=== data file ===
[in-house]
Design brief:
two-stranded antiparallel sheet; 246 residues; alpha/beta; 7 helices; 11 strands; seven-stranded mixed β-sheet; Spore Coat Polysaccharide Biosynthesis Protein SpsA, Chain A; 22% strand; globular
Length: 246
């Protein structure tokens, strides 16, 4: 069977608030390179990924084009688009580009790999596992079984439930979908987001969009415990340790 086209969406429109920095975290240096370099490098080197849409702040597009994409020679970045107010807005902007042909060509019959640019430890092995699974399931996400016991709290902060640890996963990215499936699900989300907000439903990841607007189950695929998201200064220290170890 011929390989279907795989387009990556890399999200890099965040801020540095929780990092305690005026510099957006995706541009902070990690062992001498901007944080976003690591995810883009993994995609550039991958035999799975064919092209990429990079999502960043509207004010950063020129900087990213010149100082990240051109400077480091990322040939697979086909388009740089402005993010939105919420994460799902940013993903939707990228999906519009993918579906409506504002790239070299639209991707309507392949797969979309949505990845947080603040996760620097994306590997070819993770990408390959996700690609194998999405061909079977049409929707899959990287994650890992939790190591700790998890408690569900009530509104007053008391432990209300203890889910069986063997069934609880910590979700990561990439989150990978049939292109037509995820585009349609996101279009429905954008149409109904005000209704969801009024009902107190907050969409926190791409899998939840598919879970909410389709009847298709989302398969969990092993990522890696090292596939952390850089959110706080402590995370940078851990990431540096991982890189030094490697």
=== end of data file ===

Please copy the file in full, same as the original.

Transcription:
[in-house]
Design brief:
two-stranded antiparallel sheet; 246 residues; alpha/beta; 7 helices; 11 strands; seven-stranded mixed β-sheet; Spore Coat Polysaccharide Biosynthesis Protein SpsA, Chain A; 22% strand; globular
Length: 246
């Protein structure tokens, strides 16, 4: 069977608030390179990924084009688009580009790999596992079984439930979908987001969009415990340790 086209969406429109920095975290240096370099490098080197849409702040597009994409020679970045107010807005902007042909060509019959640019430890092995699974399931996400016991709290902060640890996963990215499936699900989300907000439903990841607007189950695929998201200064220290170890 011929390989279907795989387009990556890399999200890099965040801020540095929780990092305690005026510099957006995706541009902070990690062992001498901007944080976003690591995810883009993994995609550039991958035999799975064919092209990429990079999502960043509207004010950063020129900087990213010149100082990240051109400077480091990322040939697979086909388009740089402005993010939105919420994460799902940013993903939707990228999906519009993918579906409506504002790239070299639209991707309507392949797969979309949505990845947080603040996760620097994306590997070819993770990408390959996700690609194998999405061909079977049409929707899959990287994650890992939790190591700790998890408690569900009530509104007053008391432990209300203890889910069986063997069934609880910590979700990561990439989150990978049939292109037509995820585009349609996101279009429905954008149409109904005000209704969801009024009902107190907050969409926190791409899998939840598919879970909410389709009847298709989302398969969990092993990522890696090292596939952390850089959110706080402590995370940078851990990431540096991982890189030094490697």